The electricity network would use advanced renewable energy, namely solar and wind technology and is planned to be operational by 2050, says NBC News.
The company running China’s power grid endeavors to create a “global village”, where transmission lines tap into and distribute electricity from solar farms around the equator and wind stations in the Arctic.
Liu Zhenya, chairman of State Grid estimates that the proposed clean energy network could cater for up to 80% of global electricity demand.
He said: “[Electricity transmission infrastructure] has matured and clean energy is becoming more economical, so the conditions for building global power interconnection already exist.”
Lui continued on to say that smart grids and ultra-high voltage (UHV) and clean energy are “the only way to a green, low carbon, economical, efficient and open energy system with sustainable supply.”
The State Grid is reported to have signed a Memorandum of Understanding (MoU) with Russian energy grid Rosseti, Korea Electric Power Corporation and Japanese telecommunications giant SoftBank.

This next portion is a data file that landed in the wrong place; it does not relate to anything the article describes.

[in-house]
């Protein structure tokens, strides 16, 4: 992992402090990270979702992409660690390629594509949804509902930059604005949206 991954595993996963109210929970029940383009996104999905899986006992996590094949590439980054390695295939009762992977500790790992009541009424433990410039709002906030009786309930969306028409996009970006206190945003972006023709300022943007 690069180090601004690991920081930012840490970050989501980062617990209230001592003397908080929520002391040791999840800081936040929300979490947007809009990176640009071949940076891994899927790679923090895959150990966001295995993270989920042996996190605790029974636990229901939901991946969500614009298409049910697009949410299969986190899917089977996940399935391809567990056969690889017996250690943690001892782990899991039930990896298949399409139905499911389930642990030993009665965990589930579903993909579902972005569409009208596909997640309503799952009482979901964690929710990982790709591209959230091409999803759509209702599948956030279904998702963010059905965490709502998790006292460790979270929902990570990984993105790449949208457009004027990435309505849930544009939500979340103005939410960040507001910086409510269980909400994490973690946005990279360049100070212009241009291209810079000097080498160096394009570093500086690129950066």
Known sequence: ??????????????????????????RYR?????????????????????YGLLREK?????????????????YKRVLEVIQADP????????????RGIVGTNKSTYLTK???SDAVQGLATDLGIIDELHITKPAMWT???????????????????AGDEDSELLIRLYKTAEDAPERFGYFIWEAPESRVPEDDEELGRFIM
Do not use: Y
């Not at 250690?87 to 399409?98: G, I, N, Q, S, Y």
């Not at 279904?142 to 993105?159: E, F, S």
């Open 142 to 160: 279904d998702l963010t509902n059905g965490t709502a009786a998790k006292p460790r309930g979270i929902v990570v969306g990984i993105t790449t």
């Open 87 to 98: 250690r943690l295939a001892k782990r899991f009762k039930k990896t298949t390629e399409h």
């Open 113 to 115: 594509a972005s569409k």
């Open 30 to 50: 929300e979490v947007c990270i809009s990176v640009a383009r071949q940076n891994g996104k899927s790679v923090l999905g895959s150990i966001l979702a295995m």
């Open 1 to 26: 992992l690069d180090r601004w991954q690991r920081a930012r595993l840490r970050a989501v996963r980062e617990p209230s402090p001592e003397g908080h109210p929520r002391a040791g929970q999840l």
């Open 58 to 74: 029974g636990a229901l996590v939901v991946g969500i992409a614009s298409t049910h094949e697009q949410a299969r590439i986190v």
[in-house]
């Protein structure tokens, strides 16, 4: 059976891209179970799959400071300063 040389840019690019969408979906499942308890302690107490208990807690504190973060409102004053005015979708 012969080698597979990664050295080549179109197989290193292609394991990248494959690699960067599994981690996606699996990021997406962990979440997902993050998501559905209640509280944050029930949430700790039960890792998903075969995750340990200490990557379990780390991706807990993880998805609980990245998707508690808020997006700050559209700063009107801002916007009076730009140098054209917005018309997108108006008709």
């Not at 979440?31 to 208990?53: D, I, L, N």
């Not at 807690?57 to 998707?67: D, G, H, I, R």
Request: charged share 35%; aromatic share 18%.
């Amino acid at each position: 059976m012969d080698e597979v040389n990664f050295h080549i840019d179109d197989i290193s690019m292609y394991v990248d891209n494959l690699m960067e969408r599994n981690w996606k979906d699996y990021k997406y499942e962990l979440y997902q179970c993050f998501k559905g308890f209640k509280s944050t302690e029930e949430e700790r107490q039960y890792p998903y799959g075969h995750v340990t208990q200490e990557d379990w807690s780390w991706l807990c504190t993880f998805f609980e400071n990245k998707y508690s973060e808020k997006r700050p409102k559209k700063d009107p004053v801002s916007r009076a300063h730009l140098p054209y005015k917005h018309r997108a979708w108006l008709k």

Commenting on the development, Masayoshi Son, chief executive officer of Softbank said: "China is already the biggest country in the world for wind, solar power generation and also UHV grids. And has scale, so we can learn many things from China's success. Also, by interconnecting, we can help each other on supply and demand.”
If given the go ahead, the project will be the world’s largest infrastructure project, adds NBC News.
Global renewable energy network
While the network is only expected to be in service in 2050, State Grid plans to commence with pilot projects in Asia in the next 10 years.
The US is also scheduled to sign an agreement to combat climate change formed at the COP 21 Paris conference held last year.
Former US energy official David Sandalow, noted that the major barriers to achieving the State Grid’s vision would be of an institutional, and not a technical nature, adding that, “it’s an open question whether national governments will be open to such a revolutionary idea.”
China’s State Grid Corporation has proposed rollout of the renewable energy network to take place in three phases.
The first phase will focus on long-range interconnection domestically, as well as developing battery and other technology required for better transmission of renewable power resources.
Later on, the country’s grid will be connected with others, starting with northeast Asian neighbors like Mongolia and South Korea.